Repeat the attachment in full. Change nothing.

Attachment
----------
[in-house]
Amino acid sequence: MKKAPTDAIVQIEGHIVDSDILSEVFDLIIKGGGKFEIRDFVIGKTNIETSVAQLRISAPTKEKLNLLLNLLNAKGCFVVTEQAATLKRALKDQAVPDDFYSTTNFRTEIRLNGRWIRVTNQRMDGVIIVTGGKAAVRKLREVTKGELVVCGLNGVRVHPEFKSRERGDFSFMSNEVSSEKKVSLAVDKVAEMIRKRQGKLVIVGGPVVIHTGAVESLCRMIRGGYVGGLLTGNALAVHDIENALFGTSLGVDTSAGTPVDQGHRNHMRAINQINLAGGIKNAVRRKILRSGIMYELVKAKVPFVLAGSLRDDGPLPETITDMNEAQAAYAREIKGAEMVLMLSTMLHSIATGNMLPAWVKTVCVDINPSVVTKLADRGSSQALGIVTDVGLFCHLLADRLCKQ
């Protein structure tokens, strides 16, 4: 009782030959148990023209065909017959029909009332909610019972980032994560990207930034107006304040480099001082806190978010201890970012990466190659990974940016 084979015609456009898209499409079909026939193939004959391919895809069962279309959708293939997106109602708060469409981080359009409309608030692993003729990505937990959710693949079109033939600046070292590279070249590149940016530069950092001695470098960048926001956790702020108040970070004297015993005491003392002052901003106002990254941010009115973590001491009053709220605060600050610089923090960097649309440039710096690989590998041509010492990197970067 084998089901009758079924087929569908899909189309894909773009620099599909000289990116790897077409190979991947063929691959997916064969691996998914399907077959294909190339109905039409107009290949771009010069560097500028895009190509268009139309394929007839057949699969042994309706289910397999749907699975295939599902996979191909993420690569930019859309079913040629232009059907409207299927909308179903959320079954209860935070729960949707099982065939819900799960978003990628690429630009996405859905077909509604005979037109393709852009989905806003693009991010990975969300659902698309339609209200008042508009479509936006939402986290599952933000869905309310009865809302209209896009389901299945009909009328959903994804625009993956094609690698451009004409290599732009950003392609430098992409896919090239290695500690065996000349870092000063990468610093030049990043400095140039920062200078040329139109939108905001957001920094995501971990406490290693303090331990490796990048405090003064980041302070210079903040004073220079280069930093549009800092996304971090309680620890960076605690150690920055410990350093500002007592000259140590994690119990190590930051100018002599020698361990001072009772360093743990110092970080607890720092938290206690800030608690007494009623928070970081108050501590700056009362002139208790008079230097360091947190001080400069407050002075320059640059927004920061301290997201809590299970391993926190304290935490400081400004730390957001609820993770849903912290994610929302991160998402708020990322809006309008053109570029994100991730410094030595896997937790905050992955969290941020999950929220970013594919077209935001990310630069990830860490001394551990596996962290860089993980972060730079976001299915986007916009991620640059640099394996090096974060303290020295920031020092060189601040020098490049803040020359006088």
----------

[in-house]
Amino acid sequence: MKKAPTDAIVQIEGHIVDSDILSEVFDLIIKGGGKFEIRDFVIGKTNIETSVAQLRISAPTKEKLNLLLNLLNAKGCFVVTEQAATLKRALKDQAVPDDFYSTTNFRTEIRLNGRWIRVTNQRMDGVIIVTGGKAAVRKLREVTKGELVVCGLNGVRVHPEFKSRERGDFSFMSNEVSSEKKVSLAVDKVAEMIRKRQGKLVIVGGPVVIHTGAVESLCRMIRGGYVGGLLTGNALAVHDIENALFGTSLGVDTSAGTPVDQGHRNHMRAINQINLAGGIKNAVRRKILRSGIMYELVKAKVPFVLAGSLRDDGPLPETITDMNEAQAAYAREIKGAEMVLMLSTMLHSIATGNMLPAWVKTVCVDINPSVVTKLADRGSSQALGIVTDVGLFCHLLADRLCKQ
């Protein structure tokens, strides 16, 4: 009782030959148990023209065909017959029909009332909610019972980032994560990207930034107006304040480099001082806190978010201890970012990466190659990974940016 084979015609456009898209499409079909026939193939004959391919895809069962279309959708293939997106109602708060469409981080359009409309608030692993003729990505937990959710693949079109033939600046070292590279070249590149940016530069950092001695470098960048926001956790702020108040970070004297015993005491003392002052901003106002990254941010009115973590001491009053709220605060600050610089923090960097649309440039710096690989590998041509010492990197970067 084998089901009758079924087929569908899909189309894909773009620099599909000289990116790897077409190979991947063929691959997916064969691996998914399907077959294909190339109905039409107009290949771009010069560097500028895009190509268009139309394929007839057949699969042994309706289910397999749907699975295939599902996979191909993420690569930019859309079913040629232009059907409207299927909308179903959320079954209860935070729960949707099982065939819900799960978003990628690429630009996405859905077909509604005979037109393709852009989905806003693009991010990975969300659902698309339609209200008042508009479509936006939402986290599952933000869905309310009865809302209209896009389901299945009909009328959903994804625009993956094609690698451009004409290599732009950003392609430098992409896919090239290695500690065996000349870092000063990468610093030049990043400095140039920062200078040329139109939108905001957001920094995501971990406490290693303090331990490796990048405090003064980041302070210079903040004073220079280069930093549009800092996304971090309680620890960076605690150690920055410990350093500002007592000259140590994690119990190590930051100018002599020698361990001072009772360093743990110092970080607890720092938290206690800030608690007494009623928070970081108050501590700056009362002139208790008079230097360091947190001080400069407050002075320059640059927004920061301290997201809590299970391993926190304290935490400081400004730390957001609820993770849903912290994610929302991160998402708020990322809006309008053109570029994100991730410094030595896997937790905050992955969290941020999950929220970013594919077209935001990310630069990830860490001394551990596996962290860089993980972060730079976001299915986007916009991620640059640099394996090096974060303290020295920031020092060189601040020098490049803040020359006088």